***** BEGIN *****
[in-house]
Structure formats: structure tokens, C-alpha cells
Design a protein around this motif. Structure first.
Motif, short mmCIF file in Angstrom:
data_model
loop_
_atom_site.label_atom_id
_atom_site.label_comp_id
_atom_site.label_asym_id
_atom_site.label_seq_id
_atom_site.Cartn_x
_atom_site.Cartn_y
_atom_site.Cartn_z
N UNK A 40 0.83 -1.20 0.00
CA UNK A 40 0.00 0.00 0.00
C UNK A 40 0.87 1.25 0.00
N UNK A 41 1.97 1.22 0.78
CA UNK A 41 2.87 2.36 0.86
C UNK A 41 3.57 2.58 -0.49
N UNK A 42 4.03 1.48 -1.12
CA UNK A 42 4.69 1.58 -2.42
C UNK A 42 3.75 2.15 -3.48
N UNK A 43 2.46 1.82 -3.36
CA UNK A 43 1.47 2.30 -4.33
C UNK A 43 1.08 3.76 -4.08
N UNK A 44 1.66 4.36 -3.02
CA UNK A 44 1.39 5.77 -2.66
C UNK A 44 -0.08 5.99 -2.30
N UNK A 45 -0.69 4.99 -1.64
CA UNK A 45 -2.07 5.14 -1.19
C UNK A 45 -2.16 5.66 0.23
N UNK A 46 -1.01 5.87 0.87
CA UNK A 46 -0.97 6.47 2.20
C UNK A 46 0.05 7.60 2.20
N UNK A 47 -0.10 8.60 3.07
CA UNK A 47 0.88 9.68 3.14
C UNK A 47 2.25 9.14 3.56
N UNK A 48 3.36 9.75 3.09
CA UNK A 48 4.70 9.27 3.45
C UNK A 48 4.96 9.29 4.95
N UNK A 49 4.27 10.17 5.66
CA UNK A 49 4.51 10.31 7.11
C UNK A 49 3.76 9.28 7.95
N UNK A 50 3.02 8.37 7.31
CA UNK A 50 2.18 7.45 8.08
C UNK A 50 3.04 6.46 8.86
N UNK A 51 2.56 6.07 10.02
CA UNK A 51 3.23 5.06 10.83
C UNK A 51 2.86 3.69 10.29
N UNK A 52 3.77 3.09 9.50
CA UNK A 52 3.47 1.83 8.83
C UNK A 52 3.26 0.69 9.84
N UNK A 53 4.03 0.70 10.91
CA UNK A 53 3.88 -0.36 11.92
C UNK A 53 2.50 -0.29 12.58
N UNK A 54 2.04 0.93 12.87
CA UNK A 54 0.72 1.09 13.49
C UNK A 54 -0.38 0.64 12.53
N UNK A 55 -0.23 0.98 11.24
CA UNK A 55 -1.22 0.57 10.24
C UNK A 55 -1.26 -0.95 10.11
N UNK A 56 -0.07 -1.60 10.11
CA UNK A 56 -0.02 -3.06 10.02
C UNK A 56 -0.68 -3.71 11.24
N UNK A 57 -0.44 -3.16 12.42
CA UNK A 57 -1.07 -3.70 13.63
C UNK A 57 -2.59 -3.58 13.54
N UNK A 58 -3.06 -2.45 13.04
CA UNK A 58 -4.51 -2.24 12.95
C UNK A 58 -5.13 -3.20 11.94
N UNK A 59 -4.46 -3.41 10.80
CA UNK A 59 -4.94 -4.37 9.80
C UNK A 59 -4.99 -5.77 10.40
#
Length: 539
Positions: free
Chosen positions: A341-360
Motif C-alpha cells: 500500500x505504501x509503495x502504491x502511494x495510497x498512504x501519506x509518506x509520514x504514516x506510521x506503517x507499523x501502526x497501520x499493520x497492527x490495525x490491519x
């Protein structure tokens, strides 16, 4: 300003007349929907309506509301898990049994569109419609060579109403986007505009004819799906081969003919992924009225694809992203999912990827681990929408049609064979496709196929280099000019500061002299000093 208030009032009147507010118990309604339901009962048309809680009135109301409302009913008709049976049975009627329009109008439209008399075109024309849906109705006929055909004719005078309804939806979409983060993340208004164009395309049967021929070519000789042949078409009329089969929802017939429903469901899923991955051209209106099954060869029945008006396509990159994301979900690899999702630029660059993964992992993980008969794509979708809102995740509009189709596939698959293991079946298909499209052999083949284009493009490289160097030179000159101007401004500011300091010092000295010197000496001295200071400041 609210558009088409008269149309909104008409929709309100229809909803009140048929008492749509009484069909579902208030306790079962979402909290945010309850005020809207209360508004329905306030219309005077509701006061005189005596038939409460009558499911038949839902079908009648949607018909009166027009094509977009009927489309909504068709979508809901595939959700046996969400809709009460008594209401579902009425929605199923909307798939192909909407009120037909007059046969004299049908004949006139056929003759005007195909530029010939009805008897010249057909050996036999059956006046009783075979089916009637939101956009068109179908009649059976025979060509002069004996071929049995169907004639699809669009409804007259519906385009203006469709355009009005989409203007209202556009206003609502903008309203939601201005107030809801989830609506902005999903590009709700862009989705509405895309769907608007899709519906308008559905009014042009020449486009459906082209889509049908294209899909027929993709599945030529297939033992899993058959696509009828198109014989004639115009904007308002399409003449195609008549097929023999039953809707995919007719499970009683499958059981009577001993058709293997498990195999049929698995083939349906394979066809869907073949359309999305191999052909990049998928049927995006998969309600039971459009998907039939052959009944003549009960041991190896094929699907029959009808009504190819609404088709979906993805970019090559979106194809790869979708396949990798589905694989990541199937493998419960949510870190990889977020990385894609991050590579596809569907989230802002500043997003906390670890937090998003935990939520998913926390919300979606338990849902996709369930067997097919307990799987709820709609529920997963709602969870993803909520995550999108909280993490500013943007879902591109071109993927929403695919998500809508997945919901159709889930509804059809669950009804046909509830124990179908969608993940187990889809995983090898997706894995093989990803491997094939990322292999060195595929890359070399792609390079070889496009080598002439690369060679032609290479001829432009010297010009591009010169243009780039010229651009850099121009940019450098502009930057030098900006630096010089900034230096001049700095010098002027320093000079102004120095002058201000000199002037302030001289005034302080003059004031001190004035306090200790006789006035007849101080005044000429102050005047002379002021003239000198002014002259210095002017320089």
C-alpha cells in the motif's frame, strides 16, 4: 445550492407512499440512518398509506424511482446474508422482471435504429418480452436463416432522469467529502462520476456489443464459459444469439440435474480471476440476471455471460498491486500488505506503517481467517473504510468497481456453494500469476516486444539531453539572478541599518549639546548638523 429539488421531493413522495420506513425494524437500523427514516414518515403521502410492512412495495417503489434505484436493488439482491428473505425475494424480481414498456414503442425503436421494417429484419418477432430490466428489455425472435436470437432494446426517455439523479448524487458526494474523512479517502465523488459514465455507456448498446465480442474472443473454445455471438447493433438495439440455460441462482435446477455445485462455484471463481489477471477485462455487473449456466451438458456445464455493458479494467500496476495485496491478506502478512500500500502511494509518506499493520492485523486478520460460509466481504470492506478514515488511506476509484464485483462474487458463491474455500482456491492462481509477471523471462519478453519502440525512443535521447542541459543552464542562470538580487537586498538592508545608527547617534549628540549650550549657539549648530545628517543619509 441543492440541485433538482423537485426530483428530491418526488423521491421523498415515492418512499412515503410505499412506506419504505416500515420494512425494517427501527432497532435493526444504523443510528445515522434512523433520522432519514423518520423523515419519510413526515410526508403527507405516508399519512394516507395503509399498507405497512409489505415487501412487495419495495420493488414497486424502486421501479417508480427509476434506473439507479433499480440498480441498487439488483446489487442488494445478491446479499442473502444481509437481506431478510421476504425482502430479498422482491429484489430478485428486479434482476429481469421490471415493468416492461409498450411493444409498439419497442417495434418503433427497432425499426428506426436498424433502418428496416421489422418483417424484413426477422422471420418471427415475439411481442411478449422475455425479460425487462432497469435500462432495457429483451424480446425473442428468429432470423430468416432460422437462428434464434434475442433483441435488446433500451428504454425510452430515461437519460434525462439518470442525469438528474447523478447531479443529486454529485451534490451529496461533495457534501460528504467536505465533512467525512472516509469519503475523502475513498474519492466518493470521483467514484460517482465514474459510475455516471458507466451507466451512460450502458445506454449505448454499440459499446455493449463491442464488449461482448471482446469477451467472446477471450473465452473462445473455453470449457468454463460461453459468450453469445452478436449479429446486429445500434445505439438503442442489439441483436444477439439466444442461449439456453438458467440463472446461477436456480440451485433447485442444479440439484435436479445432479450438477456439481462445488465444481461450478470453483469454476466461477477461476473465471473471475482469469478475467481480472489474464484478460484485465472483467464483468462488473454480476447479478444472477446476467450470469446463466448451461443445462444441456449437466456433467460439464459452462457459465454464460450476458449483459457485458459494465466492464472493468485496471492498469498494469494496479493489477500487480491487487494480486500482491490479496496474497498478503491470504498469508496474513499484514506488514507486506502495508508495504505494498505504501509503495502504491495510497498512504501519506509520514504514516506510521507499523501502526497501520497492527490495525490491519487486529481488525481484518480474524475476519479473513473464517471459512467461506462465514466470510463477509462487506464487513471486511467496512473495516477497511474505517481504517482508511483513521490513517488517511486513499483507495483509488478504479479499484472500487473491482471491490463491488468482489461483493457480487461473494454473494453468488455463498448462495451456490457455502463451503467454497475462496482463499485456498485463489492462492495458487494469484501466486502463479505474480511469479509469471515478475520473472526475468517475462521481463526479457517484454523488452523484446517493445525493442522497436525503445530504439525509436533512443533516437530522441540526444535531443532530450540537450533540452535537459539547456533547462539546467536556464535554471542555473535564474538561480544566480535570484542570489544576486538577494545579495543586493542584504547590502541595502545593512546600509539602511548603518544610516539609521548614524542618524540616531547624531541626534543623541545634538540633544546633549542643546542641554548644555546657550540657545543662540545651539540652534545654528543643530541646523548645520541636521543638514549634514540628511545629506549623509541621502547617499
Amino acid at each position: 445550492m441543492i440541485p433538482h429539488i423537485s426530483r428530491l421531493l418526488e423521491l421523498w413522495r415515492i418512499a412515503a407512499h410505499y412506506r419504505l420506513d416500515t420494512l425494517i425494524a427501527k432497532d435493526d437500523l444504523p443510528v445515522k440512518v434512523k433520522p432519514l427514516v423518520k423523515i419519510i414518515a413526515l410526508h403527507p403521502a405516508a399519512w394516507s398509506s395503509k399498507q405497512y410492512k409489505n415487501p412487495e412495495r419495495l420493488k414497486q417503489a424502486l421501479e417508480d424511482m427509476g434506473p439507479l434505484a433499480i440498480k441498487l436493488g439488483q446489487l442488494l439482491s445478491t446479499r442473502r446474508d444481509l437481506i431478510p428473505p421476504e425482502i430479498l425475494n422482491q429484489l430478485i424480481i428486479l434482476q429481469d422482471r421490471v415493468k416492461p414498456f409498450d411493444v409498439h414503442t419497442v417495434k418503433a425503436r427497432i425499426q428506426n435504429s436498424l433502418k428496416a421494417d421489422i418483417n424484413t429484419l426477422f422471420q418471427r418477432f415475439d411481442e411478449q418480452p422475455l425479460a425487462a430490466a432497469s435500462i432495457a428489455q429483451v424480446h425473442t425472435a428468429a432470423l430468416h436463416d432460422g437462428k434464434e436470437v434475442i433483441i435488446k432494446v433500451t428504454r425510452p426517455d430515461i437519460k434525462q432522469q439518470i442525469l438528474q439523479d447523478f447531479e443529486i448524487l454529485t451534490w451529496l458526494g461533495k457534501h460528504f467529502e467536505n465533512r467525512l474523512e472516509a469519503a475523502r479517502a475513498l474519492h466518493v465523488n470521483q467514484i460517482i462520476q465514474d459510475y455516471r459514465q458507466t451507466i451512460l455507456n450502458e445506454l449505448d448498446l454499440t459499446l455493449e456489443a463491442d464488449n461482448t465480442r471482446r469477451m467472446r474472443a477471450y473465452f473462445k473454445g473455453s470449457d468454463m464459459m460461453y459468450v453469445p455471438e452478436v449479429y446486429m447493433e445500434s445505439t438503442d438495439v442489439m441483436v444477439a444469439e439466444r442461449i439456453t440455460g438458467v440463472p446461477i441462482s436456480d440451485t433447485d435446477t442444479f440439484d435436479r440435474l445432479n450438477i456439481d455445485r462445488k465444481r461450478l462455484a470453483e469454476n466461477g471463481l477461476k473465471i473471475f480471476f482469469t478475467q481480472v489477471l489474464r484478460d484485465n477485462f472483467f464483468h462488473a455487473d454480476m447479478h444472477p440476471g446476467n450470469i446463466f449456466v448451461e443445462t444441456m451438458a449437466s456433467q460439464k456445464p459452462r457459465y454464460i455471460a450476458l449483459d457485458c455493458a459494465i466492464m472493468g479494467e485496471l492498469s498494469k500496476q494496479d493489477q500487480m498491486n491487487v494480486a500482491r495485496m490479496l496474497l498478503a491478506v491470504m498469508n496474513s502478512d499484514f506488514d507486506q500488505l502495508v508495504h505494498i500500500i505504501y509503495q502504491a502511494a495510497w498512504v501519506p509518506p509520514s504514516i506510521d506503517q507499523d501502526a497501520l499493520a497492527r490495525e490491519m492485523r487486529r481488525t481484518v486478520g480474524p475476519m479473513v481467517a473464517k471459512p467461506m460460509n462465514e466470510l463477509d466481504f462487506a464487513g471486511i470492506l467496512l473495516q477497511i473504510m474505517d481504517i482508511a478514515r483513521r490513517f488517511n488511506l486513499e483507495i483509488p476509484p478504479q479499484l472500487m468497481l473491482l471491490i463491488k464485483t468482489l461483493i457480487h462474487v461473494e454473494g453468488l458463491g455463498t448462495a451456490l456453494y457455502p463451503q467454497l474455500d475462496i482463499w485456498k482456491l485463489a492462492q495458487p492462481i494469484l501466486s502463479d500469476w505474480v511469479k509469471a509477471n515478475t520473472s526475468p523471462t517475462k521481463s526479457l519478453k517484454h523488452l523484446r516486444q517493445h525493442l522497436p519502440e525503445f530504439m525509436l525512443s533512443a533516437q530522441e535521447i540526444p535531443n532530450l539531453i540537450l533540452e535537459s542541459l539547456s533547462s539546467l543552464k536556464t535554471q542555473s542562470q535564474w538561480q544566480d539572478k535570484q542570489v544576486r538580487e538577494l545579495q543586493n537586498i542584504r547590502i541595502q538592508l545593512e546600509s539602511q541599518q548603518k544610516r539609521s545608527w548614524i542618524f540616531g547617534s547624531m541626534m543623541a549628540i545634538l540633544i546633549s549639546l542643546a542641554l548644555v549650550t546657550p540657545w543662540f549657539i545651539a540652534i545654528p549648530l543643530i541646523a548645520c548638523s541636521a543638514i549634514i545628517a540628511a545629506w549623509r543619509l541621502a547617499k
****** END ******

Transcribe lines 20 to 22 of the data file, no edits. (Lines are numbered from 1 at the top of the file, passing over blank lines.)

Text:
N UNK A 42 4.03 1.48 -1.12
CA UNK A 42 4.69 1.58 -2.42
C UNK A 42 3.75 2.15 -3.48